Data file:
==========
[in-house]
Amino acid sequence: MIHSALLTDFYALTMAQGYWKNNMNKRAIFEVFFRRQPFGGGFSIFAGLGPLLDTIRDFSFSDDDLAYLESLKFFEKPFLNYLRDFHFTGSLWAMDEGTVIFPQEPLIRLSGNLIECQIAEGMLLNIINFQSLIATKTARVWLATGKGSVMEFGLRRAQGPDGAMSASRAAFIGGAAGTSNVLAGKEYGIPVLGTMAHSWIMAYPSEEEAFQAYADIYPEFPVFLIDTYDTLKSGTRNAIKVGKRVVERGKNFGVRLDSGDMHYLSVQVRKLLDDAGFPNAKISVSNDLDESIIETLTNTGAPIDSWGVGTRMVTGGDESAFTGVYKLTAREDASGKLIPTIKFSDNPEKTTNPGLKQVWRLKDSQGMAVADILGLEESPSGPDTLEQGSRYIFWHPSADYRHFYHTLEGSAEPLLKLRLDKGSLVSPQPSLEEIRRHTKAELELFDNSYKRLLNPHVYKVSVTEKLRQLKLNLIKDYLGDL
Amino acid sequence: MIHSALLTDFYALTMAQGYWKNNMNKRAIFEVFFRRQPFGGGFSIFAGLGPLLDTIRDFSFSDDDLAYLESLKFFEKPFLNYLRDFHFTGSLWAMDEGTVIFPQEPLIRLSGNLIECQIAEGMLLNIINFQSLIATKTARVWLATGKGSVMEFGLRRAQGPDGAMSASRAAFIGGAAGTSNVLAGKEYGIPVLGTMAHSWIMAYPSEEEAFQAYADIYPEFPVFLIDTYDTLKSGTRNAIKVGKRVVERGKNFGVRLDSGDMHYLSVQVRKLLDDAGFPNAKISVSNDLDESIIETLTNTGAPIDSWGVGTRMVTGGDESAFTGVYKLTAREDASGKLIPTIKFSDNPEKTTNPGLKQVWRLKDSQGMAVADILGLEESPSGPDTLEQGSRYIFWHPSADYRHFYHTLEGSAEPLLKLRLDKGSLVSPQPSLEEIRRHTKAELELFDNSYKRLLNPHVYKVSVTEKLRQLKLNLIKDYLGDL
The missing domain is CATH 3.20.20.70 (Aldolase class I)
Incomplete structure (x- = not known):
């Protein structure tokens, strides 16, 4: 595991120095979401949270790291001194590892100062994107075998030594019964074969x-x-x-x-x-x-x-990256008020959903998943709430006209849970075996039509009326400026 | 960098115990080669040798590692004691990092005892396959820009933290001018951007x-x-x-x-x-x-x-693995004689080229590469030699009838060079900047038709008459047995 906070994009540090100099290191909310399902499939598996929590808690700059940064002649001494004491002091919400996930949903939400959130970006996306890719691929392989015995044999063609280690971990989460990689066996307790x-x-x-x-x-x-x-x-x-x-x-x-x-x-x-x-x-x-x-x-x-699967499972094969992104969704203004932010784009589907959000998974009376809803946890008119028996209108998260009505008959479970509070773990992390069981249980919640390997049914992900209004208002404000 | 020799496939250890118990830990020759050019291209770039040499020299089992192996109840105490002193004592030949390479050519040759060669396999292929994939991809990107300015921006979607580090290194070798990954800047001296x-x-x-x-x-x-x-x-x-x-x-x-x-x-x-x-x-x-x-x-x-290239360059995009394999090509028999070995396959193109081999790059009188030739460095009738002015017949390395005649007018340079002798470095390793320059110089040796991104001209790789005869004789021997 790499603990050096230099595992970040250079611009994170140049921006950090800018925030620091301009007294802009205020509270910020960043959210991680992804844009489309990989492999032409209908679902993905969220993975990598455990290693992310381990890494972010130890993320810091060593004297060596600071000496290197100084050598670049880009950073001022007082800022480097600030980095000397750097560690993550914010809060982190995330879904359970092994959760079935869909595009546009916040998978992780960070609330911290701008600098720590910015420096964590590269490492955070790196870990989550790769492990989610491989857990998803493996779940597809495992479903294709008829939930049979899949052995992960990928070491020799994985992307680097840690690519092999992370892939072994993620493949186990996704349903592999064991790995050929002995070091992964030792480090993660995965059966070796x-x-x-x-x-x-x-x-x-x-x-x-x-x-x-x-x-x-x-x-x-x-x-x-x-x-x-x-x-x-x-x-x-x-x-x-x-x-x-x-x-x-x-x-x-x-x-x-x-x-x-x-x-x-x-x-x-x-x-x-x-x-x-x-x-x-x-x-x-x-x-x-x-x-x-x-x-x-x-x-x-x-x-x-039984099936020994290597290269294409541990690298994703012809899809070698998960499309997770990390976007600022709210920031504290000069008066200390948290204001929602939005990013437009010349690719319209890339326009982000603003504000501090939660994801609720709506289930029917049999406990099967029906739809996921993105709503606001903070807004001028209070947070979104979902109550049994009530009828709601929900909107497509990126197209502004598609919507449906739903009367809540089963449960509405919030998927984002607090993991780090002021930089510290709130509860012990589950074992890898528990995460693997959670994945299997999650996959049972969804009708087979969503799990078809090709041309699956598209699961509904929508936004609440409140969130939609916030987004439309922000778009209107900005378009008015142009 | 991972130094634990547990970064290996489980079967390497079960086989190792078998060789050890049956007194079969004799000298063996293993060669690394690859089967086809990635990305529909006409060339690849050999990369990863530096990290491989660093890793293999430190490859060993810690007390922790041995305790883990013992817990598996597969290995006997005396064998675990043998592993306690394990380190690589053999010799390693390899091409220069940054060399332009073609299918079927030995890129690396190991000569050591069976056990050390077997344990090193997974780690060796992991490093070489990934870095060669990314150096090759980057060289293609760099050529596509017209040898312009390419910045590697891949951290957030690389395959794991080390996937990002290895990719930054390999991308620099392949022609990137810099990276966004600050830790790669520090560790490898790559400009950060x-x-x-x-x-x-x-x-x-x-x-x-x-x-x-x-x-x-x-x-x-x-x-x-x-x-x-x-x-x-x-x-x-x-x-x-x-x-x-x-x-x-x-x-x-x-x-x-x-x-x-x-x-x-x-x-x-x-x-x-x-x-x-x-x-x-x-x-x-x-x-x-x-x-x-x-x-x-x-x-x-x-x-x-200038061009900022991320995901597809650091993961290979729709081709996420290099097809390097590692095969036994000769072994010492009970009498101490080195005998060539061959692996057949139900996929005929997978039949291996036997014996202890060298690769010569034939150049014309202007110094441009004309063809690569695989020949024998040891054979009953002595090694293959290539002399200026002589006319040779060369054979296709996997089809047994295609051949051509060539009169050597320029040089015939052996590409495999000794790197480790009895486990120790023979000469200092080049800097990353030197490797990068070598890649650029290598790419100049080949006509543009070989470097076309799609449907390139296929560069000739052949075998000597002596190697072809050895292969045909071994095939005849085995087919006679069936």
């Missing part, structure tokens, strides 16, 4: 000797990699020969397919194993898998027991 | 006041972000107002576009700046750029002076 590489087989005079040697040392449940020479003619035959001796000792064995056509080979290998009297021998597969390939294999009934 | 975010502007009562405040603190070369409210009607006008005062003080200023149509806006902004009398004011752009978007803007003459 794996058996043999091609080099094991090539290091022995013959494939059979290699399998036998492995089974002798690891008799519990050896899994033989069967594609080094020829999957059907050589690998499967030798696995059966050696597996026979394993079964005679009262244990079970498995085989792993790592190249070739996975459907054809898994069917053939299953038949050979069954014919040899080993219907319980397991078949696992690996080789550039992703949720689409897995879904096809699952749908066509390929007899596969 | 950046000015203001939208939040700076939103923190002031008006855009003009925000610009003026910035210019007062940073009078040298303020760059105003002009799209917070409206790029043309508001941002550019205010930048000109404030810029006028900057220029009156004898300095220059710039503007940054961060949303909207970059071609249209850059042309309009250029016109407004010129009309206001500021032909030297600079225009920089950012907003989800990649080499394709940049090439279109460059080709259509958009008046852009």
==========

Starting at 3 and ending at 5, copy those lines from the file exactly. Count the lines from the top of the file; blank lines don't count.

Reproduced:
Amino acid sequence: MIHSALLTDFYALTMAQGYWKNNMNKRAIFEVFFRRQPFGGGFSIFAGLGPLLDTIRDFSFSDDDLAYLESLKFFEKPFLNYLRDFHFTGSLWAMDEGTVIFPQEPLIRLSGNLIECQIAEGMLLNIINFQSLIATKTARVWLATGKGSVMEFGLRRAQGPDGAMSASRAAFIGGAAGTSNVLAGKEYGIPVLGTMAHSWIMAYPSEEEAFQAYADIYPEFPVFLIDTYDTLKSGTRNAIKVGKRVVERGKNFGVRLDSGDMHYLSVQVRKLLDDAGFPNAKISVSNDLDESIIETLTNTGAPIDSWGVGTRMVTGGDESAFTGVYKLTAREDASGKLIPTIKFSDNPEKTTNPGLKQVWRLKDSQGMAVADILGLEESPSGPDTLEQGSRYIFWHPSADYRHFYHTLEGSAEPLLKLRLDKGSLVSPQPSLEEIRRHTKAELELFDNSYKRLLNPHVYKVSVTEKLRQLKLNLIKDYLGDL
The missing domain is CATH 3.20.20.70 (Aldolase class I)
Incomplete structure (x- = not known):